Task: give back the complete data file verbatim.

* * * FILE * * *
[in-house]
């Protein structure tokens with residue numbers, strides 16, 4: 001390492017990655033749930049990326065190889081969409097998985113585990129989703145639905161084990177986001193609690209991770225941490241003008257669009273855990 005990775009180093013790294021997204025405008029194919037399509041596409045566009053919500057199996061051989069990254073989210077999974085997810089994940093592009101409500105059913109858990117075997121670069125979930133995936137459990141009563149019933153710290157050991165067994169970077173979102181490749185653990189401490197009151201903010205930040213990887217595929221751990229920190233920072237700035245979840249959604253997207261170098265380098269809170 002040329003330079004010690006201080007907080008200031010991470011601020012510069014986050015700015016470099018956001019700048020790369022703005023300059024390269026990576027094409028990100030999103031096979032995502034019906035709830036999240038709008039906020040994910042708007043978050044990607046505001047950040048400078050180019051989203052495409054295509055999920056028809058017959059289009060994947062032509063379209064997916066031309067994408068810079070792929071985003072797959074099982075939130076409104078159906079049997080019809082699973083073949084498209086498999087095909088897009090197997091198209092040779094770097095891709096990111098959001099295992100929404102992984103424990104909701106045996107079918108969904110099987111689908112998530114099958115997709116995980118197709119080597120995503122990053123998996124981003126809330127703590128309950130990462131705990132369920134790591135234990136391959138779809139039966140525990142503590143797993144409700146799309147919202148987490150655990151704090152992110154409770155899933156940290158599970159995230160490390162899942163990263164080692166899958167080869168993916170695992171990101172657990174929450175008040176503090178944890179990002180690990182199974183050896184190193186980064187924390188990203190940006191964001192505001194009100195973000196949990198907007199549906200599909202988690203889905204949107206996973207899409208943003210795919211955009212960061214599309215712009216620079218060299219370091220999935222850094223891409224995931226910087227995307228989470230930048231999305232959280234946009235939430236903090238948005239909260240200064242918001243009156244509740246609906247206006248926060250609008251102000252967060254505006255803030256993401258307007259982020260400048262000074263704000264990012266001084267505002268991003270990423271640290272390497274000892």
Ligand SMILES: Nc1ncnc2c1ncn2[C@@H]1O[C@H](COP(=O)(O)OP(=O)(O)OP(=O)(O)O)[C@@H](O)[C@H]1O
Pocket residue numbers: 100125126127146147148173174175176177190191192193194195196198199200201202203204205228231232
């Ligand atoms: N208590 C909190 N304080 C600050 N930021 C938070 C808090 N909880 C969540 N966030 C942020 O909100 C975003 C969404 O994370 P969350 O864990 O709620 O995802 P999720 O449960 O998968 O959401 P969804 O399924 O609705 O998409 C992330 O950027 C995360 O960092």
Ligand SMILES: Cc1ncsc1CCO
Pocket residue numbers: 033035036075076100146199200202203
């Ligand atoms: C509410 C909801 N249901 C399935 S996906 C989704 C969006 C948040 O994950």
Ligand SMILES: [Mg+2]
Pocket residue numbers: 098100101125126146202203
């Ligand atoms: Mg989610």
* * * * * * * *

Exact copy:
[in-house]
């Protein structure tokens with residue numbers, strides 16, 4: 001390492017990655033749930049990326065190889081969409097998985113585990129989703145639905161084990177986001193609690209991770225941490241003008257669009273855990 005990775009180093013790294021997204025405008029194919037399509041596409045566009053919500057199996061051989069990254073989210077999974085997810089994940093592009101409500105059913109858990117075997121670069125979930133995936137459990141009563149019933153710290157050991165067994169970077173979102181490749185653990189401490197009151201903010205930040213990887217595929221751990229920190233920072237700035245979840249959604253997207261170098265380098269809170 002040329003330079004010690006201080007907080008200031010991470011601020012510069014986050015700015016470099018956001019700048020790369022703005023300059024390269026990576027094409028990100030999103031096979032995502034019906035709830036999240038709008039906020040994910042708007043978050044990607046505001047950040048400078050180019051989203052495409054295509055999920056028809058017959059289009060994947062032509063379209064997916066031309067994408068810079070792929071985003072797959074099982075939130076409104078159906079049997080019809082699973083073949084498209086498999087095909088897009090197997091198209092040779094770097095891709096990111098959001099295992100929404102992984103424990104909701106045996107079918108969904110099987111689908112998530114099958115997709116995980118197709119080597120995503122990053123998996124981003126809330127703590128309950130990462131705990132369920134790591135234990136391959138779809139039966140525990142503590143797993144409700146799309147919202148987490150655990151704090152992110154409770155899933156940290158599970159995230160490390162899942163990263164080692166899958167080869168993916170695992171990101172657990174929450175008040176503090178944890179990002180690990182199974183050896184190193186980064187924390188990203190940006191964001192505001194009100195973000196949990198907007199549906200599909202988690203889905204949107206996973207899409208943003210795919211955009212960061214599309215712009216620079218060299219370091220999935222850094223891409224995931226910087227995307228989470230930048231999305232959280234946009235939430236903090238948005239909260240200064242918001243009156244509740246609906247206006248926060250609008251102000252967060254505006255803030256993401258307007259982020260400048262000074263704000264990012266001084267505002268991003270990423271640290272390497274000892």
Ligand SMILES: Nc1ncnc2c1ncn2[C@@H]1O[C@H](COP(=O)(O)OP(=O)(O)OP(=O)(O)O)[C@@H](O)[C@H]1O
Pocket residue numbers: 100125126127146147148173174175176177190191192193194195196198199200201202203204205228231232
């Ligand atoms: N208590 C909190 N304080 C600050 N930021 C938070 C808090 N909880 C969540 N966030 C942020 O909100 C975003 C969404 O994370 P969350 O864990 O709620 O995802 P999720 O449960 O998968 O959401 P969804 O399924 O609705 O998409 C992330 O950027 C995360 O960092």
Ligand SMILES: Cc1ncsc1CCO
Pocket residue numbers: 033035036075076100146199200202203
């Ligand atoms: C509410 C909801 N249901 C399935 S996906 C989704 C969006 C948040 O994950």
Ligand SMILES: [Mg+2]
Pocket residue numbers: 098100101125126146202203
């Ligand atoms: Mg989610």